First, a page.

“No one plans to be paralyzed. My injuries left me with emotions I had never experienced and was unsure of how to cope with,” he said. “Luckily I was able to reflect on lessons I learned during my upbringing to appreciate what I have and work for what I want,” finding purpose and an outlet through advocacy and poetry.

Mr. Banks recited two poems dealing with depression, emotional exhaustion, and suicidal ideation during his recovery period. He also emphasized that through reflection and setting goals, he has regained his autonomy and mental well-being. 

“Believing I had lost my purpose is what set me spiraling toward my lowest moments,” he concluded. “Through self-motivation and peer support, I’m continually working toward the reward of being proud of the man I am. I’m regaining my purpose as I work towards becoming a developmental psychologist,  helping youth in underprivileged and troubled communities.”

“Through my experience, I’ve learned that failure is not the opposite of success but instead a part of it.”

To watch the recording of the panel discussion, visit here: Disability Justice: Driving Authentic Change Towards Action

Jennifer M. LeComte, D.O., Associate Professor, Rowan-Virtua SOM, Internal Medicine and Pediatrics and Medical Director, Rowan-Virtua Regional Integrated Special Needs (RISN) Center

Jennifer M. LeComte, D.O., Associate Professor, Rowan-Virtua SOM, Internal Medicine and Pediatrics and Medical Director, Rowan-Virtua Regional Integrated Special Needs (RISN) Center

The Inclusive Healthy Communities (IHC) Grant Program is an initiative of the Division of Disability Services (DDS), New Jersey Department of Human Services (DHS). It is administered with assistance from the Bloustein School. The IHC program funds New Jersey communities and organizations engaged in projects that promote the health and well-being of individuals with disabilities in the communities where they live.

Drs. Jennifer M. LeComte, DO, and Wendy Aita, Ph.D., are co-directors of the Rowan-Virtua Regional Integrated Special Needs (RISN) Center and recipients of IHC grants for 2021-22 and 2022-23. 

The RISN Center is a primary care practice that cares for people with intellectual, developmental, and physical disabilities. Dr. LeComte discussed how RISN Center is improving access to healthcare for these individuals, highlighting disparities they face in getting routine care and untreated conditions. 

“People with intellectual and developmental disabilities are often perceived as asexual. So why would they need access to reproductive and sexuality information? Unfortunately, if they don’t receive that education, it often impacts how they gender identify. How they grow emotionally, their self-esteem,” explained Dr. LeComte.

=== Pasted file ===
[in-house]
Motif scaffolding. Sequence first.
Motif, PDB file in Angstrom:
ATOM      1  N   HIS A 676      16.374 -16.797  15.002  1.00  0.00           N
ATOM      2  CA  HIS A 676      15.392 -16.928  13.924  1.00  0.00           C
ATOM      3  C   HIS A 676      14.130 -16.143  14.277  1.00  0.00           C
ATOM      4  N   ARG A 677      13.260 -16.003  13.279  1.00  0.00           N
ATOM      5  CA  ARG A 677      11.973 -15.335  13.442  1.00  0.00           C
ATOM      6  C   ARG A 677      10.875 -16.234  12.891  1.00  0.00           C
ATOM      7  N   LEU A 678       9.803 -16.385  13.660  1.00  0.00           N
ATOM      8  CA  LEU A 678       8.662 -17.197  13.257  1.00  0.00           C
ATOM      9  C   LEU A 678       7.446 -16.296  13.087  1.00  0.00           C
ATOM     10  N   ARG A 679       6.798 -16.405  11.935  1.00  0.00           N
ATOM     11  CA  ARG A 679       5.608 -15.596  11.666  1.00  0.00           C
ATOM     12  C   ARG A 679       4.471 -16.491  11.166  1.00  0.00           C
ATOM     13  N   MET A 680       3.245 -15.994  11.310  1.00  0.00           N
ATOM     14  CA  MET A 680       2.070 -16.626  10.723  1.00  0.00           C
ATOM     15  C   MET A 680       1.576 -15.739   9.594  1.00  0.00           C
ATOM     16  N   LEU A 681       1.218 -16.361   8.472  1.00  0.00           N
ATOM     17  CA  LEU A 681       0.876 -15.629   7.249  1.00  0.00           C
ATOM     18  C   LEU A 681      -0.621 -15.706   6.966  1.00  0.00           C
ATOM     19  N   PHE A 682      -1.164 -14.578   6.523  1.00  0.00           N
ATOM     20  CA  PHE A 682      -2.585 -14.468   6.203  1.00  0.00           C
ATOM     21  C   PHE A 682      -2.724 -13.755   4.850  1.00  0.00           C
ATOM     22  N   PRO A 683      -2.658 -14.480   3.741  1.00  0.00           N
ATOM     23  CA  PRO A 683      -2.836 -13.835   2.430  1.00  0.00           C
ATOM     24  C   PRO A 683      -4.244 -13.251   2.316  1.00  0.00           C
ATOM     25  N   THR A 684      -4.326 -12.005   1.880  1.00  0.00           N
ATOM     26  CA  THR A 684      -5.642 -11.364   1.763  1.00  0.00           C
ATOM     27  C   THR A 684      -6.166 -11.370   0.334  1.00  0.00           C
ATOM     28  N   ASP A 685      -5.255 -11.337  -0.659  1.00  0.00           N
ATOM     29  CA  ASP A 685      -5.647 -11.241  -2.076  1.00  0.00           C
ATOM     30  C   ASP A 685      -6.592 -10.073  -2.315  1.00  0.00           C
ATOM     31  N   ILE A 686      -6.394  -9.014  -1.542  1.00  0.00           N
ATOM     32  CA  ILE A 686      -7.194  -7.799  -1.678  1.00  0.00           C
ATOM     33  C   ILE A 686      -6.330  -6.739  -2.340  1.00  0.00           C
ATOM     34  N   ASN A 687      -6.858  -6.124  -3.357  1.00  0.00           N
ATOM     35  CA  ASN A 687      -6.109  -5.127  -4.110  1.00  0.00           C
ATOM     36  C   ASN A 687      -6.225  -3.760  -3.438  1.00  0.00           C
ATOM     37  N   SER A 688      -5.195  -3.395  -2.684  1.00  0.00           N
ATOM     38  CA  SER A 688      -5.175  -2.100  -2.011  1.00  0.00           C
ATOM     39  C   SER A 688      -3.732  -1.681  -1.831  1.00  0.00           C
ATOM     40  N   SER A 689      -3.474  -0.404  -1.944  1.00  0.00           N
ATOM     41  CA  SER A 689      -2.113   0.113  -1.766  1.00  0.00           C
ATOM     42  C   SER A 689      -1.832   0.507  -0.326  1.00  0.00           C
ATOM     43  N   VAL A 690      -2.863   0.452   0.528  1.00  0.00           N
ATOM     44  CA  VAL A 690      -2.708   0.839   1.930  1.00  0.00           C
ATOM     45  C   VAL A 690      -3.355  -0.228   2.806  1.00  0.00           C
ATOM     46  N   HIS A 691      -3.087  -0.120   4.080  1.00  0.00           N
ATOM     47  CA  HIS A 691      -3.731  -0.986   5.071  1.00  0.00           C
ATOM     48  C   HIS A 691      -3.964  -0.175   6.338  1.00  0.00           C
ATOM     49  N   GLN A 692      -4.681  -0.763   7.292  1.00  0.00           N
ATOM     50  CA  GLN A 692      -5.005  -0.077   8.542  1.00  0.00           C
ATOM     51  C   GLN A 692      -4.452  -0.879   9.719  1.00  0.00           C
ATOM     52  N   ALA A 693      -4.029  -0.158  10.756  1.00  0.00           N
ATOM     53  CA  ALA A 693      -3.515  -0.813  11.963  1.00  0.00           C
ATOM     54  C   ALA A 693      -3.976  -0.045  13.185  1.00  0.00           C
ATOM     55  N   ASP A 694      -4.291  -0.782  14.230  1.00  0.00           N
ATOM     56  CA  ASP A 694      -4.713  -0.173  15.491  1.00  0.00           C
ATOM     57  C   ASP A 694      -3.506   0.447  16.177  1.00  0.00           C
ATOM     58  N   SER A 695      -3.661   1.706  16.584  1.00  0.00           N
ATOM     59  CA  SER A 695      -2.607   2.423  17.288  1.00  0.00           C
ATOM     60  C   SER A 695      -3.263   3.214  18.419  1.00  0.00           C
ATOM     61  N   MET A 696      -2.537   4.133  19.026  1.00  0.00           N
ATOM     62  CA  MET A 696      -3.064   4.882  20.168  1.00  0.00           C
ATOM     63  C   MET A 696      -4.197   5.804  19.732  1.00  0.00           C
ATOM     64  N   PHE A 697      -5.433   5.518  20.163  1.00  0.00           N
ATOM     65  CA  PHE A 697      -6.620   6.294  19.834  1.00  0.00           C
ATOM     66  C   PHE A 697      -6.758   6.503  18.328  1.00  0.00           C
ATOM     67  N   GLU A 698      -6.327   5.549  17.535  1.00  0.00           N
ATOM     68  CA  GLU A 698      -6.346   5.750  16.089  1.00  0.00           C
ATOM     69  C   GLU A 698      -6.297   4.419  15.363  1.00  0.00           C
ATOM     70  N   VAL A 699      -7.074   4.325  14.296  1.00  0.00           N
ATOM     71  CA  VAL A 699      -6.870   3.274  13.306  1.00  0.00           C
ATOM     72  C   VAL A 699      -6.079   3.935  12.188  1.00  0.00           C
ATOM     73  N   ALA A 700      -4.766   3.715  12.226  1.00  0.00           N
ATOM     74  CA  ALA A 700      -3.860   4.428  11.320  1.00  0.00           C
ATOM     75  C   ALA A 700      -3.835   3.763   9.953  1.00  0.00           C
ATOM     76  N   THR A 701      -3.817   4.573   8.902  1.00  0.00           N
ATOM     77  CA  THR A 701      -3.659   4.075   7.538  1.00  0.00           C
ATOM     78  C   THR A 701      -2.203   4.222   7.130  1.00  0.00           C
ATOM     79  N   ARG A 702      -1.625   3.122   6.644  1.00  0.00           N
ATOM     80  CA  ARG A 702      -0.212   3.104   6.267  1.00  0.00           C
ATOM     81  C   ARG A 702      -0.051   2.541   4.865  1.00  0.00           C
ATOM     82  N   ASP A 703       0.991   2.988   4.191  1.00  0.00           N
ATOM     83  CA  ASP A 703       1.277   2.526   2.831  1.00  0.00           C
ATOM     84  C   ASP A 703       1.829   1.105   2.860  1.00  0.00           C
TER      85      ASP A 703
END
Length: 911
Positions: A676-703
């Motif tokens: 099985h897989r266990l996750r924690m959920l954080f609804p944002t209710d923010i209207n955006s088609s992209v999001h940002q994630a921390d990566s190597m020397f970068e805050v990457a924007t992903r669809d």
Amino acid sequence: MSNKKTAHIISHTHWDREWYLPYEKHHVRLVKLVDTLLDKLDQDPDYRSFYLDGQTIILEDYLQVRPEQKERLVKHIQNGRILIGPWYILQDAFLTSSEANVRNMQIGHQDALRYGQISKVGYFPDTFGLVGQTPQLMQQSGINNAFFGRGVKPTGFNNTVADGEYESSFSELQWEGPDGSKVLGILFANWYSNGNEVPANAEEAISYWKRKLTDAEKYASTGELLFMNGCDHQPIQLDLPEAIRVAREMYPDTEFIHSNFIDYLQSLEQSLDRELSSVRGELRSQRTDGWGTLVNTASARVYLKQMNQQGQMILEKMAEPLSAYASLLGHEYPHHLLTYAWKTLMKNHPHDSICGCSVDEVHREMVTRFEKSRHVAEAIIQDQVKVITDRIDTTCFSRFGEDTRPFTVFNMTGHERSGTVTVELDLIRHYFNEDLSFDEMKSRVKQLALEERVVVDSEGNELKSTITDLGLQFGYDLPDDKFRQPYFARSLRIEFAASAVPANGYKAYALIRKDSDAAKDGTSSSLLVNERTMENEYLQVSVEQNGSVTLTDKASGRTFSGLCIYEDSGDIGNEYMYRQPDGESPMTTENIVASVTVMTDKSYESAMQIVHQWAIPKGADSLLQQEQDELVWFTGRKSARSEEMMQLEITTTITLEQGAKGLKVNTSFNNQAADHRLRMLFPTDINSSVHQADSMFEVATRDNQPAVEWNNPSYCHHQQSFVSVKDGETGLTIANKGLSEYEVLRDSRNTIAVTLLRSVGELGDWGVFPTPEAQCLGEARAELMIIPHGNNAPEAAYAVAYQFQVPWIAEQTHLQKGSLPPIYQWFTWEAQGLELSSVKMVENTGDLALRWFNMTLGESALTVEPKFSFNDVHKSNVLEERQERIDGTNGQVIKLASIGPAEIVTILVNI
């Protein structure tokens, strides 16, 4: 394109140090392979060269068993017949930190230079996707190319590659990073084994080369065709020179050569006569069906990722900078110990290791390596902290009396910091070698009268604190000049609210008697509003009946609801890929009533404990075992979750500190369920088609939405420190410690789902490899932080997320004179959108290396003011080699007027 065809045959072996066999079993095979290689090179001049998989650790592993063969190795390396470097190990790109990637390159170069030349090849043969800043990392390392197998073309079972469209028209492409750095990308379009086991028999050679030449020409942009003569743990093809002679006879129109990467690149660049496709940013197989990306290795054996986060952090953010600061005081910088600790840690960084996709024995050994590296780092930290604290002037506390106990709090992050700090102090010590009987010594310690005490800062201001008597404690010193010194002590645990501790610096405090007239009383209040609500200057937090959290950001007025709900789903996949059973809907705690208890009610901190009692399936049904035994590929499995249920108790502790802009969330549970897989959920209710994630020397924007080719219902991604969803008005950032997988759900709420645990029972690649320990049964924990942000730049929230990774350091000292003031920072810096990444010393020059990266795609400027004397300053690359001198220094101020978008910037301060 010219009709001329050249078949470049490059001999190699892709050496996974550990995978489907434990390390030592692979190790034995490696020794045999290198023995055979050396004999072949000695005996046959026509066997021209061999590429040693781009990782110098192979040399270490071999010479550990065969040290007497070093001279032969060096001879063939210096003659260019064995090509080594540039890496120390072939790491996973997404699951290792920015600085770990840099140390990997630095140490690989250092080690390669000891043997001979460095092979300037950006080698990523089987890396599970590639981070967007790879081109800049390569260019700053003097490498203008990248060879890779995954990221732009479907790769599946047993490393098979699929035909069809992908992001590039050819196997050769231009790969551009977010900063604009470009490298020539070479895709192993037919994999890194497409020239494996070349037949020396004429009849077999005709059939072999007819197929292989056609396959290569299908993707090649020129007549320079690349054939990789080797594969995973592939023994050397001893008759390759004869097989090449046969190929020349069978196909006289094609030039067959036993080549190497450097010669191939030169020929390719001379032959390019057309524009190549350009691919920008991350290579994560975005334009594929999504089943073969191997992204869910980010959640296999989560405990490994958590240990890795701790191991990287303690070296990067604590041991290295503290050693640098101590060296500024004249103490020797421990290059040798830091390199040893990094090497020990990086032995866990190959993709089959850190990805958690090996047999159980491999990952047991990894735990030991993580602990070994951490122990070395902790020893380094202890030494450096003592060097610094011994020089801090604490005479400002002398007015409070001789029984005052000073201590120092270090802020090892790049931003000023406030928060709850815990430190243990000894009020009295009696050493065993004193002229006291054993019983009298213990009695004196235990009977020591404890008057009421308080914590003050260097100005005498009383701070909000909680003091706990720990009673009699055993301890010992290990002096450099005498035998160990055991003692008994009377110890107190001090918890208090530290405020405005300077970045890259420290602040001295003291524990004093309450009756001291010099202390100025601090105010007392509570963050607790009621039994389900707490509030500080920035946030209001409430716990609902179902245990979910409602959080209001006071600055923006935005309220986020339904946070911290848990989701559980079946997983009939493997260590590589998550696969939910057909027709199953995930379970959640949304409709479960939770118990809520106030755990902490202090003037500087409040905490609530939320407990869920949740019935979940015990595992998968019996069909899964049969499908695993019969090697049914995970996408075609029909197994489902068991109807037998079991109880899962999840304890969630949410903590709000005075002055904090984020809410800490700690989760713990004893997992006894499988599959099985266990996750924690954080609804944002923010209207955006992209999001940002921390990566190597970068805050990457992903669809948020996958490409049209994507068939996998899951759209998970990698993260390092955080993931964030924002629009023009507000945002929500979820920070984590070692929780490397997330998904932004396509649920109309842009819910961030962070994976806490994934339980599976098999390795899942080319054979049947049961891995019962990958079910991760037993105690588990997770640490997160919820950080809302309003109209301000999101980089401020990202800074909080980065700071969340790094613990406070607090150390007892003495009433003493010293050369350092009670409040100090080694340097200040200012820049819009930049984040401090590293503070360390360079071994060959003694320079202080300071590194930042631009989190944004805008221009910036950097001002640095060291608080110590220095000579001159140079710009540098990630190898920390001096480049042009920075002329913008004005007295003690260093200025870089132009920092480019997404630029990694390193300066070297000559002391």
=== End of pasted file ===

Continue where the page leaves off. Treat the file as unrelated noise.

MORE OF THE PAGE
Wendy F. Aita, Ph.D., Co-Director, Rowan-Virtua Regional Integrated Special Needs (RISN) Center and Behavioral Health Lead

Wendy F. Aita, Ph.D., Co-Director, Rowan-Virtua Regional Integrated Special Needs (RISN) Center and Behavioral Health Lead

Every person, she argued, has the right to exercise choices regarding sexual expression and social relationships. “The presence of IDD, regardless of its severity, does not in and of itself justify the loss of rights related to sexuality.”

Through the funding of the IHC grant, the RISN Center sought to help patients become their own best advocates. The IHC grant allowed them to develop the Pap Camp program, an interactive experience where an individual learns how to calm their body and mind and better process the medical experience.

“In the past, oftentimes women had been sedated in order to get a pelvic exam. Imagine waking up and not knowing what happened to you and just noticing that something feels different ‘down there,’” Dr. Aita said.  

“Our goal,” she continued, ”Is to teach people to be their own self-advocate and to get the care in the way in which they need to get it so that they can be successful.”

From left to right: Dr. Jennifer LeComte, Jashar "Shar" Banks '23, Dr. Wendy Aita, Professor Javier Robles and his dog, Delbert, and Dr. Patti O'Brien Richardson

From left to right: Dr. Jennifer LeComte, Jashar “Shar” Banks ’23, Dr. Wendy Aita, Professor Javier Robles and his service dog, Delbert, and Dr. Patti O’Brien Richardson

Both doctors also noted that improving healthcare access to patients with IDD includes screening for abuse and properly evaluating medical conditions by getting past “diagnostic overshadowing,” or perceiving that every behavior or healthcare issue someone has is a result of their disability.

Attendees were able to engage further with the panelists and discuss some challenges and opportunities in more depth during a question-and-answer session. Topics included how to make dental care more accessible and accommodating; transportation barriers; guardianship vs. personal sensitivities; sexual health education; and interdisciplinary collaboration across universities and healthcare systems to disseminate best practices. 

Overall, the discussion reinforced that disability advocacy will require addressing systemic barriers through legal and policy work while also changing mindsets in medical education and practice. Individual accommodations as well as much larger reforms are needed to achieve true inclusion and justice.